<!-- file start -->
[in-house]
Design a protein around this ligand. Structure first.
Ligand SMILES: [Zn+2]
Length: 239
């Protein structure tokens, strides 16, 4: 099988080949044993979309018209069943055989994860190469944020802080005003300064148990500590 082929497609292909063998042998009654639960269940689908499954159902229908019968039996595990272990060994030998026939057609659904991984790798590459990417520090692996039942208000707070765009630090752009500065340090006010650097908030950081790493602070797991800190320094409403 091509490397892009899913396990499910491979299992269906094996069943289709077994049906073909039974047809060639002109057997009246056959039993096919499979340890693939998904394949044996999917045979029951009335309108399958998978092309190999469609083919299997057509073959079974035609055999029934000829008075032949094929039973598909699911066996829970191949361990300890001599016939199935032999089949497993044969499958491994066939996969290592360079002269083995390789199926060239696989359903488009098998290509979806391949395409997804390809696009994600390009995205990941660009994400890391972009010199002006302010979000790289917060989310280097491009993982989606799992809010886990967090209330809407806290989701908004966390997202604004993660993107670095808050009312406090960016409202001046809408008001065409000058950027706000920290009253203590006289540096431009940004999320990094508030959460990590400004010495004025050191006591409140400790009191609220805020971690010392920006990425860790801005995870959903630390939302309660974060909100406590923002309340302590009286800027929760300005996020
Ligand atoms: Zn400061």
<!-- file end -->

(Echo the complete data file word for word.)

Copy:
[in-house]
Design a protein around this ligand. Structure first.
Ligand SMILES: [Zn+2]
Length: 239
């Protein structure tokens, strides 16, 4: 099988080949044993979309018209069943055989994860190469944020802080005003300064148990500590 082929497609292909063998042998009654639960269940689908499954159902229908019968039996595990272990060994030998026939057609659904991984790798590459990417520090692996039942208000707070765009630090752009500065340090006010650097908030950081790493602070797991800190320094409403 091509490397892009899913396990499910491979299992269906094996069943289709077994049906073909039974047809060639002109057997009246056959039993096919499979340890693939998904394949044996999917045979029951009335309108399958998978092309190999469609083919299997057509073959079974035609055999029934000829008075032949094929039973598909699911066996829970191949361990300890001599016939199935032999089949497993044969499958491994066939996969290592360079002269083995390789199926060239696989359903488009098998290509979806391949395409997804390809696009994600390009995205990941660009994400890391972009010199002006302010979000790289917060989310280097491009993982989606799992809010886990967090209330809407806290989701908004966390997202604004993660993107670095808050009312406090960016409202001046809408008001065409000058950027706000920290009253203590006289540096431009940004999320990094508030959460990590400004010495004025050191006591409140400790009191609220805020971690010392920006990425860790801005995870959903630390939302309660974060909100406590923002309340302590009286800027929760300005996020
Ligand atoms: Zn400061």